Monday, August 19, 2013

Into the middle of things

My oldest daughter might be having the summer of her life. I’m insanely jealous.

Earning money babysitting.  Immersion soccer camp. A week at the lake, inviting friends one at a time. Learning to water ski. Several weeks at home doing nothing, calling no one, redecorating her room, and reading books, sketching, climbing trees, hiking with me, taking pictures, playing with her little sister. Plenty of family gatherings with cousins, and a two-day stint working as a 'stable girl' for one of my older sisters at a horse festival in town.











As I write this, she's on a beach, or swimming in the Atlantic, or scaling a bluff, or flinging across the marina in a child-manned dingy boat, or fishing in the deep sea, or checking out the seals, on an island off Massachusetts with her friend who happens to be the daughter of my friend.

She's been waiting  all summer for this particular trip. 

Watching her lately, I’m convinced that eleven just might be the best age there is. She's teetering ecstatically on the precipice of young womanhood with no reason to fear the fall.

She's all confidence, hope, ideas, curiosity, positive optimism. None of that pure zest is getting bogged down by a fear of being disliked, of being fat, of being ugly, of being stupid, of being unlovable, of being inferior, of being anything less or more than she is.

She is content, a human being, being and feeling fabulous about what life has to offer and how comfortably she seems to fit into it.

Being out of school is a bonus. Being away from the confines of schedule, forced learning, and forced social interaction, being able to pick and choose who she spends her time with, aside from me, is liberating for her.

When I saw her working at the horse show, she was running to fetch a girth back at the barns. She was so assured. So pleased with herself. I chased her playfully to where she had left her bike, as she rode off through the sea of makeshift stables, I shouted, “you are so lucky, you are the luckiest girl in the world, I want to be you.”

But the thing is, I don't want to be her. I don't need to be her. I already have been her. And that's what makes it so alluring. The remembering after all this time. The awakening. The tasting of the past. The almost feeling what it felt like, but not quite, to be 11. As with all endangered stages of growth and states of mind, it doesn't last.

Which is why I've been obsessed lately with trying to capture the unique space in time Esther is occupying in words, before it morphs into something else entirely. Something more complicated, self aware and brooding.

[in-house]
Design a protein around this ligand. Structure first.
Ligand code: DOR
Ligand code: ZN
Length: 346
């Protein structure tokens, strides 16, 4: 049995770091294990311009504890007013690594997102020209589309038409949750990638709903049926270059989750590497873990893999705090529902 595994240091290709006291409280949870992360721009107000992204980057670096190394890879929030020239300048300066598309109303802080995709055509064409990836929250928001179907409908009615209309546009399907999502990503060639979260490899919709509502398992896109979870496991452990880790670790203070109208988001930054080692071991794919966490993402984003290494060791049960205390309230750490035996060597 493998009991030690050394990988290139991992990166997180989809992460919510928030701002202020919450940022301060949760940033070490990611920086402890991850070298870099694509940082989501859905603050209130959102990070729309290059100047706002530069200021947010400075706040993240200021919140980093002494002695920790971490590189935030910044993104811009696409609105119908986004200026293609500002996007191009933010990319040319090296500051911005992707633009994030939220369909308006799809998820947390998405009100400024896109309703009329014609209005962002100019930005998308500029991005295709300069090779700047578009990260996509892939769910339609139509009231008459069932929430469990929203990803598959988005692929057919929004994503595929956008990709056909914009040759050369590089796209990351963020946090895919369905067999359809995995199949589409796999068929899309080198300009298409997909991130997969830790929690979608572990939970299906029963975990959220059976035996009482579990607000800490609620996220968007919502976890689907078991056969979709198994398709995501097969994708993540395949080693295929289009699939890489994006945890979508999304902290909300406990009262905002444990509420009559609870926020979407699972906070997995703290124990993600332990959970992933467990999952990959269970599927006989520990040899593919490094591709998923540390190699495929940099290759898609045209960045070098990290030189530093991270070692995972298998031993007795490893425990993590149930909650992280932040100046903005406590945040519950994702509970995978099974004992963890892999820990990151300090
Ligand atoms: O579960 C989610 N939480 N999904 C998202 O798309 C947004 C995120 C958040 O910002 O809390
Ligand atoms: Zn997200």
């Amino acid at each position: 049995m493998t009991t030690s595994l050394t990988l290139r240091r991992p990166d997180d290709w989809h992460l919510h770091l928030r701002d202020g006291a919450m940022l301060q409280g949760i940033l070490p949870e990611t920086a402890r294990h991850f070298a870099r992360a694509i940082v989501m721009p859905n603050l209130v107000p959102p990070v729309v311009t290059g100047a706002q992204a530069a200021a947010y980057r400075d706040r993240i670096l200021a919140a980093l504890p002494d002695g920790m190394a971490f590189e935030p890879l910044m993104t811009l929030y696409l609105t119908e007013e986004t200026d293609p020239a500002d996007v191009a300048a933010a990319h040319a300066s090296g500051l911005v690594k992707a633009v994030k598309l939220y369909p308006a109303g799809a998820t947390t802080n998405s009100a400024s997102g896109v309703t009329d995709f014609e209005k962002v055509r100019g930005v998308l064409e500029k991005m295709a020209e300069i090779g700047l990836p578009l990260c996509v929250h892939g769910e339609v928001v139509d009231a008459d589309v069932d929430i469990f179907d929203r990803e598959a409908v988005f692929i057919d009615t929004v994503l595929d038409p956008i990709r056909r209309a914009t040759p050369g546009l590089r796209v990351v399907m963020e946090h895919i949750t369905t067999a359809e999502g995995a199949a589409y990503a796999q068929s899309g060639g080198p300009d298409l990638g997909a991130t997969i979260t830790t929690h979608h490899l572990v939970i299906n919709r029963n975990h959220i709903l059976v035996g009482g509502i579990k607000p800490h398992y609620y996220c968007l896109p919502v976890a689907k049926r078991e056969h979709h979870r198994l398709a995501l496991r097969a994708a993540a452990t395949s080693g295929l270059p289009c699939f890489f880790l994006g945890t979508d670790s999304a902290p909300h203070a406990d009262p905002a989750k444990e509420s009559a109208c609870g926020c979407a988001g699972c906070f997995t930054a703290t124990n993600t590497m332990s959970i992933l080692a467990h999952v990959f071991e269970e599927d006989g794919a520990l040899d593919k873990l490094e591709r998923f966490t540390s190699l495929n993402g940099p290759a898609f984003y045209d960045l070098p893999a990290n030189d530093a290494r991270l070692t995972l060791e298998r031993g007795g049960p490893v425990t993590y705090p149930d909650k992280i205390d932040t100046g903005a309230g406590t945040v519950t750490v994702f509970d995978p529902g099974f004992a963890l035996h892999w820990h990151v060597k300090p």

I came upon a description from Annie Dillard in her memoir An American Childhood. If you haven't read this, you should.

I absolutely love this description of children recognizing they're no longer children, not yet adults, and that there's no stopping the trajectory.

 Annie Dillard  An American Childhood:
“Children ten years old wake up and find themselves here, discover themselves to have been here all along; is this sad? They wake like sleepwalkers in full stride; they wake like people brought back from cardiac arrest or from drowning in media res, surrounded by familiar people and objects, equipped with a hundred skills.

They know the neighborhood, they can read and write English, they are old hands at the commonplace mysteries, and yet they feel themselves to have just stepped off the boat, just converged with their bodies, just flown down from a trance, to lodge in an eerily familiar life already well underway.

I woke in bits, like all children, piecemeal over the years. I discovered myself and the world, and forgot them, and discovered them again. I woke at intervals until, by that September when Father went down the river, the intervals of waking tipped the scales, and I was more often awake than not. I noticed this process of waking, and predicted with terrifying logic that one of these years not far away I would be awake continuously and never slip back, and never be free of myself again.
Consciousness converges with the child as a landing tern touches the outspread feet of its shadow on the sand; precisely, toe hits toe. The tern folds its wings to sit, its shadow dips and spreads over the sand to meet and cup its breast. Like any child, I slid into myself perfectly fitted, as a diver meets her reflection in  a pool. Her fingertips enter the fingertips on the water, her wrists slide up her arms. The diver wraps herself in her reflection wholly, sealing it at the toes, and wears it as she climbs rising from the pool, and ever after. "

See what I mean?

Do you remember this?